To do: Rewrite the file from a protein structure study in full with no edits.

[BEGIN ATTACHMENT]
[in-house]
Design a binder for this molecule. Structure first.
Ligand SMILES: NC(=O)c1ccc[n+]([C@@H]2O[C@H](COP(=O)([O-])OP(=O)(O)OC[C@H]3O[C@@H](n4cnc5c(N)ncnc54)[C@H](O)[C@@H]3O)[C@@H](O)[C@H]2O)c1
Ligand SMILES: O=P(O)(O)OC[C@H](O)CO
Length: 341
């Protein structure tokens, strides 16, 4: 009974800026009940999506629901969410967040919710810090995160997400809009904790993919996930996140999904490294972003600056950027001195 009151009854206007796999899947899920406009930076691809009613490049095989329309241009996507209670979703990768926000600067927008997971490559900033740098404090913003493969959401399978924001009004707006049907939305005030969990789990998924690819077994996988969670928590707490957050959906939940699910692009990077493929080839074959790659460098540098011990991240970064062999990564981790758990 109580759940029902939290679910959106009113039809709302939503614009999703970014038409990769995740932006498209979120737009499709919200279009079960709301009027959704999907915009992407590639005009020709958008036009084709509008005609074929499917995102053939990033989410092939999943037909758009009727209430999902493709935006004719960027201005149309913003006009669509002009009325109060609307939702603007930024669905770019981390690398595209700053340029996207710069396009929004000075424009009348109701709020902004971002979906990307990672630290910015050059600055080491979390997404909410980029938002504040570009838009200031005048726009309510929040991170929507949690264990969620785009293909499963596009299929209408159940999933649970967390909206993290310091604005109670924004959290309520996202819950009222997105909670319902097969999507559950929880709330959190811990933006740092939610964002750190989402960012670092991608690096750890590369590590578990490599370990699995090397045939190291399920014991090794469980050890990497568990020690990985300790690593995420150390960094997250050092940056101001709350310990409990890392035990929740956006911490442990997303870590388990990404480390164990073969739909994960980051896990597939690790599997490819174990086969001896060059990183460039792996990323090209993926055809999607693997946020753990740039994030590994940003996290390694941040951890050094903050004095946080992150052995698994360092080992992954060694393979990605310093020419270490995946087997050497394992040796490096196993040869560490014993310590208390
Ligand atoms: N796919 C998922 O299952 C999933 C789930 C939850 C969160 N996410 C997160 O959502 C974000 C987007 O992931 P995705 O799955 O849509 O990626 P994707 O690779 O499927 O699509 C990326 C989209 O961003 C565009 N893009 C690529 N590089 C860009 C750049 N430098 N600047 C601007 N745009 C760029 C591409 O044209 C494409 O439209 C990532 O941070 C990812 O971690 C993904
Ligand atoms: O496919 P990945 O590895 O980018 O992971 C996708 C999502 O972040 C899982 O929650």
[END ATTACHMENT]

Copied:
[in-house]
Design a binder for this molecule. Structure first.
Ligand SMILES: NC(=O)c1ccc[n+]([C@@H]2O[C@H](COP(=O)([O-])OP(=O)(O)OC[C@H]3O[C@@H](n4cnc5c(N)ncnc54)[C@H](O)[C@@H]3O)[C@@H](O)[C@H]2O)c1
Ligand SMILES: O=P(O)(O)OC[C@H](O)CO
Length: 341
């Protein structure tokens, strides 16, 4: 009974800026009940999506629901969410967040919710810090995160997400809009904790993919996930996140999904490294972003600056950027001195 009151009854206007796999899947899920406009930076691809009613490049095989329309241009996507209670979703990768926000600067927008997971490559900033740098404090913003493969959401399978924001009004707006049907939305005030969990789990998924690819077994996988969670928590707490957050959906939940699910692009990077493929080839074959790659460098540098011990991240970064062999990564981790758990 109580759940029902939290679910959106009113039809709302939503614009999703970014038409990769995740932006498209979120737009499709919200279009079960709301009027959704999907915009992407590639005009020709958008036009084709509008005609074929499917995102053939990033989410092939999943037909758009009727209430999902493709935006004719960027201005149309913003006009669509002009009325109060609307939702603007930024669905770019981390690398595209700053340029996207710069396009929004000075424009009348109701709020902004971002979906990307990672630290910015050059600055080491979390997404909410980029938002504040570009838009200031005048726009309510929040991170929507949690264990969620785009293909499963596009299929209408159940999933649970967390909206993290310091604005109670924004959290309520996202819950009222997105909670319902097969999507559950929880709330959190811990933006740092939610964002750190989402960012670092991608690096750890590369590590578990490599370990699995090397045939190291399920014991090794469980050890990497568990020690990985300790690593995420150390960094997250050092940056101001709350310990409990890392035990929740956006911490442990997303870590388990990404480390164990073969739909994960980051896990597939690790599997490819174990086969001896060059990183460039792996990323090209993926055809999607693997946020753990740039994030590994940003996290390694941040951890050094903050004095946080992150052995698994360092080992992954060694393979990605310093020419270490995946087997050497394992040796490096196993040869560490014993310590208390
Ligand atoms: N796919 C998922 O299952 C999933 C789930 C939850 C969160 N996410 C997160 O959502 C974000 C987007 O992931 P995705 O799955 O849509 O990626 P994707 O690779 O499927 O699509 C990326 C989209 O961003 C565009 N893009 C690529 N590089 C860009 C750049 N430098 N600047 C601007 N745009 C760029 C591409 O044209 C494409 O439209 C990532 O941070 C990812 O971690 C993904
Ligand atoms: O496919 P990945 O590895 O980018 O992971 C996708 C999502 O972040 C899982 O929650």